Note: In a completely serendipitous case of blog-meets-blog, Mark Dykeman at Broadcasting Brain just dropped a post asking “Why do you blog if not for money?” as this was being published. It’s a good question to ask, if you’re considering a change of pace or purpose. I don’t talk about why, here – but Mark does an excellent job with that question.
Sometimes people need breaks, even from their hobbies. I’ve been seeing a lot of posts coming through the pipes about bloggers stepping back slowly because of a generalized lack of response and, while I think this is valid and right, there are perhaps other reasons why you should take a break. Reasons that fall much more in like with intentional study, which should be part of any endeavor.
Whenever you take on a new project, it’s hard to gauge exactly how much of your time it’s going to take up. Perfect example of this, I changed jobs recently, so instead of working eight and a half hours per day, it’s now something closer to nine or ten. The hours are roughly the same – I’m just leaving earlier in the morning – but the associated stress of changing jobs, even for an upgrade, means I have less energy and time to expend on other projects. Like this blog.
A change of pace can help as well. I’ve stepped away from daily posting here to ensure that the Dowager Shadow project remains running smoothly, and the difference in the kind of creative energy required to make that project the best it can be is staggeringly different from the energy I pour into my blog. Here, I try to allow analysis to rule, and over on Maredran (the world of the novel), the power of pure thought and will trump all logic. Expressing both at the same time, or even within a few minutes of each other, can be very difficult. However, changing gears for a week at a time allows me to make sure large bundles of the work on both get done, with neither suffering more than a few blows.
So while I’m sorry I haven’t been posting as often as usual here, the work continues, and it’s left me with a few good reasons why you – all of you, all of us, in fact – should be willing to take a well planned step back from what you’re doing.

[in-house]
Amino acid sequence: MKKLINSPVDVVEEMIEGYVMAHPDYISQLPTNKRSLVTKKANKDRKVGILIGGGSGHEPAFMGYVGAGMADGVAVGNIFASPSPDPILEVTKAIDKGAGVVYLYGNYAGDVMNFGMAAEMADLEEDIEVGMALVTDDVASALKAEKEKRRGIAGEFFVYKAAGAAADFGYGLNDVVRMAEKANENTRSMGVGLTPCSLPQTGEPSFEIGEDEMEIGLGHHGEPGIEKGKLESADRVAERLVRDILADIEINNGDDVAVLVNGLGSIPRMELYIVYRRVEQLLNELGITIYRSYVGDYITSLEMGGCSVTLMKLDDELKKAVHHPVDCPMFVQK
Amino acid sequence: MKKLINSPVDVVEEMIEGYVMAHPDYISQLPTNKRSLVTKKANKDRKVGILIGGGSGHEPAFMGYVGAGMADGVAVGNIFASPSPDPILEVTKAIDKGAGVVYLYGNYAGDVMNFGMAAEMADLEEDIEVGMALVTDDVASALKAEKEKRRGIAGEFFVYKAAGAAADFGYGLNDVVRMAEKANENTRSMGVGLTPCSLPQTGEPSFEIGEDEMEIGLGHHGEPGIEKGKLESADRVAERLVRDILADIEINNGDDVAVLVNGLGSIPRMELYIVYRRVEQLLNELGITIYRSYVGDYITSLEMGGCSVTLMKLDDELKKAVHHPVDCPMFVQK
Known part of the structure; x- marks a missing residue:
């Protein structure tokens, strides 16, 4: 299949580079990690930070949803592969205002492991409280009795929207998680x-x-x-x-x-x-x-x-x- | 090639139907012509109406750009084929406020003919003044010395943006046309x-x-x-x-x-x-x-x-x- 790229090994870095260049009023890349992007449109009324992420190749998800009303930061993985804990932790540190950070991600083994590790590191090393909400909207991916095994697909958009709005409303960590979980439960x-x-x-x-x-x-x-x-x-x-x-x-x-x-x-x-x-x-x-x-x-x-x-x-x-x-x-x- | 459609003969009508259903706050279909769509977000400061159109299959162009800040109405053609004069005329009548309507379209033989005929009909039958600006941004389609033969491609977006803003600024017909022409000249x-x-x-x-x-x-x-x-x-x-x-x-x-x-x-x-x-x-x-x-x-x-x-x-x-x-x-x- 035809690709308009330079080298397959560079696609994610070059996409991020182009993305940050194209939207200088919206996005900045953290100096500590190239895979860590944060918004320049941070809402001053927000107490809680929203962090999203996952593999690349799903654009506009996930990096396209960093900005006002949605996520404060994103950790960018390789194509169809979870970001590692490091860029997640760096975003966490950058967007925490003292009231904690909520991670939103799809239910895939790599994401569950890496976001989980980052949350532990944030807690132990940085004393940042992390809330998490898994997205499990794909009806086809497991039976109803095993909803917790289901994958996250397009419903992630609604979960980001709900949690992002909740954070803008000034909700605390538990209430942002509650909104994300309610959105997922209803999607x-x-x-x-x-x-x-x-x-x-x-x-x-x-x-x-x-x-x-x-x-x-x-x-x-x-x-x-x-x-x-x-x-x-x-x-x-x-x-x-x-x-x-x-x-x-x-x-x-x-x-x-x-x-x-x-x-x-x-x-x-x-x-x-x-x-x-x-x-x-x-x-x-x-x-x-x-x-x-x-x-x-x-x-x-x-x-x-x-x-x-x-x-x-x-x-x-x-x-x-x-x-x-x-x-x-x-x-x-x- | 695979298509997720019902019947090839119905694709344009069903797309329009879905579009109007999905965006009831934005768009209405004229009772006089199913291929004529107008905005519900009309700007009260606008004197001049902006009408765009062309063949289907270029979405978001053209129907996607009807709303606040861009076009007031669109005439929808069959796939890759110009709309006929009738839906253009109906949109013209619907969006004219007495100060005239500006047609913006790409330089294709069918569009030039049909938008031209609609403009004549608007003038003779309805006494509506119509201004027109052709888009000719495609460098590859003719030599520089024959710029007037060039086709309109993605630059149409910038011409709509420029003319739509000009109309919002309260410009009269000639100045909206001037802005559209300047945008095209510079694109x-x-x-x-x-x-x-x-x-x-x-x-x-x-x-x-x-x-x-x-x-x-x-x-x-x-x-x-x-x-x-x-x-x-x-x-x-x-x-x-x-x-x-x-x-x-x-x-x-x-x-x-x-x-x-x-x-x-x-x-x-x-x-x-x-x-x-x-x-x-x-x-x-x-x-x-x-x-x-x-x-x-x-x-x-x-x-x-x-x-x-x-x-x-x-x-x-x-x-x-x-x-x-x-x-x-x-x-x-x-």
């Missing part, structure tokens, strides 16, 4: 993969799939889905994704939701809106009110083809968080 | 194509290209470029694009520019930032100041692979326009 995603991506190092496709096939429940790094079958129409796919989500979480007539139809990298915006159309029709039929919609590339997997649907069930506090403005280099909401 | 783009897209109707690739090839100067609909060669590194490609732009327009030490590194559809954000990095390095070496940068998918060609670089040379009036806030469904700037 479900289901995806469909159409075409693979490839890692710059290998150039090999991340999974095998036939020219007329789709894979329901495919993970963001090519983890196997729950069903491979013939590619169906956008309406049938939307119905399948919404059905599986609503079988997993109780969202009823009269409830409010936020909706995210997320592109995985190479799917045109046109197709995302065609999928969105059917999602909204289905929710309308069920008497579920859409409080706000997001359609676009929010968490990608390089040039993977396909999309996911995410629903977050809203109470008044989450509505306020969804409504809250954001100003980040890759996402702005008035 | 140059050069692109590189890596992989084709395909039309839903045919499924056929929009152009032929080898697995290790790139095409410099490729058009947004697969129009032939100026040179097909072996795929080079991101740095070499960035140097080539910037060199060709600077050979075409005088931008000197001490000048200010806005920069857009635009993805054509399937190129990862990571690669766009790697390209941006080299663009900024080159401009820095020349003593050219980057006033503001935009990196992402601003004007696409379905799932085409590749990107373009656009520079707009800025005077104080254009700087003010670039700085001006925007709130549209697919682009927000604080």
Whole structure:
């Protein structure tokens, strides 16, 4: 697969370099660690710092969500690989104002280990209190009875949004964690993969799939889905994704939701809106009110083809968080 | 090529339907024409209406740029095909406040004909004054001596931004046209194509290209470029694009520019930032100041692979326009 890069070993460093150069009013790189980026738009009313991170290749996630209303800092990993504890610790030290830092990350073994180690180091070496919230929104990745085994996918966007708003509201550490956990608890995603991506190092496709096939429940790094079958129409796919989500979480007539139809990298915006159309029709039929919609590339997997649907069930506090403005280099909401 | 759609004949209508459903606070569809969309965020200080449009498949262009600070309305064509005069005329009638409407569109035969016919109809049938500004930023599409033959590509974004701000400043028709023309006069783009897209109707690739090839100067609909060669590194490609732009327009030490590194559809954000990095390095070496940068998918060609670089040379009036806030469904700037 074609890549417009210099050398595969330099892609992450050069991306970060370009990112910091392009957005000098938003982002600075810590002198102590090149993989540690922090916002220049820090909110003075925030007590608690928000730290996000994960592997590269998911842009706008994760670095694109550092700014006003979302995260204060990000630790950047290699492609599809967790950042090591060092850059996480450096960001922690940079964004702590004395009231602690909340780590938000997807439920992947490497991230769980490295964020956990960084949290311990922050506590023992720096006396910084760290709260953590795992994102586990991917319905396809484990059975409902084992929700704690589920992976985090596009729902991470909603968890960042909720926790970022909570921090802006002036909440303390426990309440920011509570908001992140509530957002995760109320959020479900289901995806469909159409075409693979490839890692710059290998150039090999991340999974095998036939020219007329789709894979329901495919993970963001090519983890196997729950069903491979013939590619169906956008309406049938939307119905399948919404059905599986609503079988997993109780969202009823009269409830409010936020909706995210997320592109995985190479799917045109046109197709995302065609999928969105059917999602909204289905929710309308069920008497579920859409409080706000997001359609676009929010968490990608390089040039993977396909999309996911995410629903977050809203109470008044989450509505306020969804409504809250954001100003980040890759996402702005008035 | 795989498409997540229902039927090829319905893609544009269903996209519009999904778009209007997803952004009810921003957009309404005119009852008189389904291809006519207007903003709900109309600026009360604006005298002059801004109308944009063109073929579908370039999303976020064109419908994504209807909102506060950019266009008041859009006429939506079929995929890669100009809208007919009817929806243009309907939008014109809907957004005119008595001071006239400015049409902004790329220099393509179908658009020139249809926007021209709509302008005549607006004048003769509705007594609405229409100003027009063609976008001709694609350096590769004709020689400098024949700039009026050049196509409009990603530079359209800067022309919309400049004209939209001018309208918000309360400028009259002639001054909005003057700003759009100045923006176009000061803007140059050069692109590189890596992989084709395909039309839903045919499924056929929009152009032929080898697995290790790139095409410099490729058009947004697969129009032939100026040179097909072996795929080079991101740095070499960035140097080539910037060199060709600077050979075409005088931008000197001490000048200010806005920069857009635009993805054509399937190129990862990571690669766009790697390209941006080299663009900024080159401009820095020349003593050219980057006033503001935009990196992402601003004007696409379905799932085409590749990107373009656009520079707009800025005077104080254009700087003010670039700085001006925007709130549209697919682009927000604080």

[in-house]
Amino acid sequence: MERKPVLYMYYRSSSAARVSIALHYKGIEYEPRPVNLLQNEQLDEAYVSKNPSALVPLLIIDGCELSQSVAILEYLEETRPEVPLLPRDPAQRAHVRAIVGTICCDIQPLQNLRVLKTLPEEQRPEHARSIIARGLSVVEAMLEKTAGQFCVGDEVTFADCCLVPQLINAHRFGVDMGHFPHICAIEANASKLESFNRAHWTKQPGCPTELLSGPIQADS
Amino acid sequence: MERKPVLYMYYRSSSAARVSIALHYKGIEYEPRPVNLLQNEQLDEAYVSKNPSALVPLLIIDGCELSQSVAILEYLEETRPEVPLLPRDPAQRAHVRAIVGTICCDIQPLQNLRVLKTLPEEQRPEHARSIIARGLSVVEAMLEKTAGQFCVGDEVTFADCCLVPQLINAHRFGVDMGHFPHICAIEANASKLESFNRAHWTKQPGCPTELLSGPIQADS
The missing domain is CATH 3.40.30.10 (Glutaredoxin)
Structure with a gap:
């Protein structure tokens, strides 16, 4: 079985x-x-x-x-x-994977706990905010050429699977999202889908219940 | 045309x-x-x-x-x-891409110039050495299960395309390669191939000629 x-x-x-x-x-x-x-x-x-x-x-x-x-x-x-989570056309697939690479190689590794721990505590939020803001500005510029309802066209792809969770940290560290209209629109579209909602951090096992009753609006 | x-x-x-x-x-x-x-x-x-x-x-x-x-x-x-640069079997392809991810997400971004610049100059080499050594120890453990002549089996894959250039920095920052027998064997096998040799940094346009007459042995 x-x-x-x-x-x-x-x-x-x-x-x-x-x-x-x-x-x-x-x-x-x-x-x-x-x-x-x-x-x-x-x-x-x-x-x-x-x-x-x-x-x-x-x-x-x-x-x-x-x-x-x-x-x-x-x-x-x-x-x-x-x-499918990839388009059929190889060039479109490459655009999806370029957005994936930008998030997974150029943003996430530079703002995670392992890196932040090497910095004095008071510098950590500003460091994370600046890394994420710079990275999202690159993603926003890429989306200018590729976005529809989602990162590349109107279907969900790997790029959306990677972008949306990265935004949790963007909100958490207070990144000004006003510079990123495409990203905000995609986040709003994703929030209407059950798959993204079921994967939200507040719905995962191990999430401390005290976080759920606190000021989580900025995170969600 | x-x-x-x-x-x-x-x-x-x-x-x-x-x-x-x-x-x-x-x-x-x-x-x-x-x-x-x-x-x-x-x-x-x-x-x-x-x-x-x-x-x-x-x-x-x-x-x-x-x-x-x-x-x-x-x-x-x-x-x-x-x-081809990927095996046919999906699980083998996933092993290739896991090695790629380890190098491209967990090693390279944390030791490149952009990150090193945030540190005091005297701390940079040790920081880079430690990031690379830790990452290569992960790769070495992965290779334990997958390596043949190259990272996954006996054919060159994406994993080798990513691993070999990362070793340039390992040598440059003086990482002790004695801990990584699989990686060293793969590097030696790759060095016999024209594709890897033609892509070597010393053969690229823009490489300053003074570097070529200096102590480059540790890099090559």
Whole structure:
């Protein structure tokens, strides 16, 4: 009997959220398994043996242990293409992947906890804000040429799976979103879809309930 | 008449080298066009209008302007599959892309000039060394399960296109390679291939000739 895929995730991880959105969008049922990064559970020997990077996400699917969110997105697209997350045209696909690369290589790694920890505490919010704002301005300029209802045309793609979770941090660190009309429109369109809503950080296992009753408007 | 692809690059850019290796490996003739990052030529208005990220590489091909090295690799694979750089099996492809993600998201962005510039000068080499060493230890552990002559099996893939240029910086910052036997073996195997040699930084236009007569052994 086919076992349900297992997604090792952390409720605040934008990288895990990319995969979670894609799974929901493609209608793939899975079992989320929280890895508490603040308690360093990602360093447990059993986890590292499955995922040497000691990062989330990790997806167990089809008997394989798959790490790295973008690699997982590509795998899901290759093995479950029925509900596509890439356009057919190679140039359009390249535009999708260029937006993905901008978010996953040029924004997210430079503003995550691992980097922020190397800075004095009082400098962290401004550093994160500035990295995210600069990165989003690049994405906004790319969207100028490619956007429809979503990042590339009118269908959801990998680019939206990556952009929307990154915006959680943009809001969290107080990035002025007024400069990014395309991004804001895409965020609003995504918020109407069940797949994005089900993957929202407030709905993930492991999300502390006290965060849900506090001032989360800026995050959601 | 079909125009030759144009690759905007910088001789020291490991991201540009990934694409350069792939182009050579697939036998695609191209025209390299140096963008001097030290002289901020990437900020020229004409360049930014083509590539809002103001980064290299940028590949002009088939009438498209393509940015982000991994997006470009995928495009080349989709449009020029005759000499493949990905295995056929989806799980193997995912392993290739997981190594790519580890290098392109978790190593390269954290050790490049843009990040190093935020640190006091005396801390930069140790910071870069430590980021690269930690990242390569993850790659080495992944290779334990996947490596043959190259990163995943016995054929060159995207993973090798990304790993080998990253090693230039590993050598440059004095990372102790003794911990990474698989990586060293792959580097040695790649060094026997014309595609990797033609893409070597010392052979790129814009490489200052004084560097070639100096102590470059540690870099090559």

- … when you’re too close to the wheel, you have an entirely different view of the process. Get some perspective – take a few days off, read some old posts, find some new blogs. Break the routine because;
- … reliable is boring if it means you become a broken record. Without some changes in your habits, or some adaptability, you’re not going to be as interesting eventually. This matters, if;
- … you want to come back to your audience refreshed, with new stories to tell and new ways to tell them. Breaking routine doesn’t always mean walking away for a week. Write some posts, schedule them if you can, then play hermit and come back with some video posts, or a short podcast series. And then;
- … repeating the process every now and then can add real value to your own experience. Taking a sabbatical every now and then refreshes even the most hardy of us blog-a-holics. And;
- … walking away without warning can ruin your rapport with your audience and peers, making a regular habit of controlled absenteeism can change the experience in different ways the walkabout may not have the first time.
So chill out! It doesn’t even have to look like you’re gone. I’m well aware that my own lack of posts lately has cut my readership in half (according to Google analytics and FeedBurner anyway) but I hope its temporary. If not, well, you get the benefit of my failing – and I still get to grow my novel either way.
Take a load off, even if it’s behind the scenes. You’ll feel better for it.